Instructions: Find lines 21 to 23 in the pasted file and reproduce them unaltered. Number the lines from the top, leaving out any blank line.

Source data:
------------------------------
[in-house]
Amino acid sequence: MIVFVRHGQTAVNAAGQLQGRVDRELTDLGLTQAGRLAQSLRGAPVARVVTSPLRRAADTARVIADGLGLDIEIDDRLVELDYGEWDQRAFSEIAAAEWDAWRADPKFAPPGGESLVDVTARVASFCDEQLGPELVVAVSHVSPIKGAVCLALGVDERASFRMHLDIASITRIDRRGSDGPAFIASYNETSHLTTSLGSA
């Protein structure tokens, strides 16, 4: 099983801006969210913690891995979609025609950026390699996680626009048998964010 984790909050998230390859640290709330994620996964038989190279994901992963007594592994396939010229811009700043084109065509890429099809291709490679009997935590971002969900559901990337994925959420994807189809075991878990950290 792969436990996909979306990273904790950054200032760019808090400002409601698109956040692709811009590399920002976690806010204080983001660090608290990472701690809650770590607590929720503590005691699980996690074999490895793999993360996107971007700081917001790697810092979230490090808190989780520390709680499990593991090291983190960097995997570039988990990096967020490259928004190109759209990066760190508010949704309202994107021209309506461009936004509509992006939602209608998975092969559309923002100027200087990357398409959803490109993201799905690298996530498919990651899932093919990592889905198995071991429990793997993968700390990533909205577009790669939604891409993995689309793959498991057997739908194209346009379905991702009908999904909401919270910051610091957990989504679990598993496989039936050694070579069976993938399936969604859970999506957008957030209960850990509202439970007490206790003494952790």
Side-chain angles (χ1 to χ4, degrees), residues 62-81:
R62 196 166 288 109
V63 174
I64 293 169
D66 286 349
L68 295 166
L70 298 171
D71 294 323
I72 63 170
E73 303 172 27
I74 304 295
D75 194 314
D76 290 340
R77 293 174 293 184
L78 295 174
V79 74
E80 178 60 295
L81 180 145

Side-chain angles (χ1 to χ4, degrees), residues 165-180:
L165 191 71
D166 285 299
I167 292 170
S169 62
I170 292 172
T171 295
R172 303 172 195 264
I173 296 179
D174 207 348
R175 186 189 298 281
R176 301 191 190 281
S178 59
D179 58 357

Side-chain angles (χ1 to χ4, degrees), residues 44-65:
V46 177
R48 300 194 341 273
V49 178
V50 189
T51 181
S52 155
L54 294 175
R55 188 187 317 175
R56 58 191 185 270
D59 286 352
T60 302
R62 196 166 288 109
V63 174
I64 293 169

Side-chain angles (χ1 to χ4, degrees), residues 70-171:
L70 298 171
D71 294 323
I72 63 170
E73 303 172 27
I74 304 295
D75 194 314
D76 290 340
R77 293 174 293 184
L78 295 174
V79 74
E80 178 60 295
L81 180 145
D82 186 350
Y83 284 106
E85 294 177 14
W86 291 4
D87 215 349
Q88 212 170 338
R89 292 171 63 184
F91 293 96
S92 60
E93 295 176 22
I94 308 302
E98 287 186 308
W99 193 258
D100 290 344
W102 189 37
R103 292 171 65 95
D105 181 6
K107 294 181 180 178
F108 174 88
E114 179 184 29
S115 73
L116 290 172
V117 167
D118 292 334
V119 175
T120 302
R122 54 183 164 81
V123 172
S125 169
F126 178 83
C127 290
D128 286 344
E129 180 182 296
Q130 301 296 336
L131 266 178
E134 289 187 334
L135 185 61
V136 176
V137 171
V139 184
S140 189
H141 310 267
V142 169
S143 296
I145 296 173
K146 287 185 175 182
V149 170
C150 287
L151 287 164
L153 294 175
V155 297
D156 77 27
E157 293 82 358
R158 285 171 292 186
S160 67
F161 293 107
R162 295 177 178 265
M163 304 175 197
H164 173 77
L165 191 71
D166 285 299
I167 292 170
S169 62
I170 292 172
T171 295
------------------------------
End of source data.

L81 180 145

Side-chain angles (χ1 to χ4, degrees), residues 165-180:
L165 191 71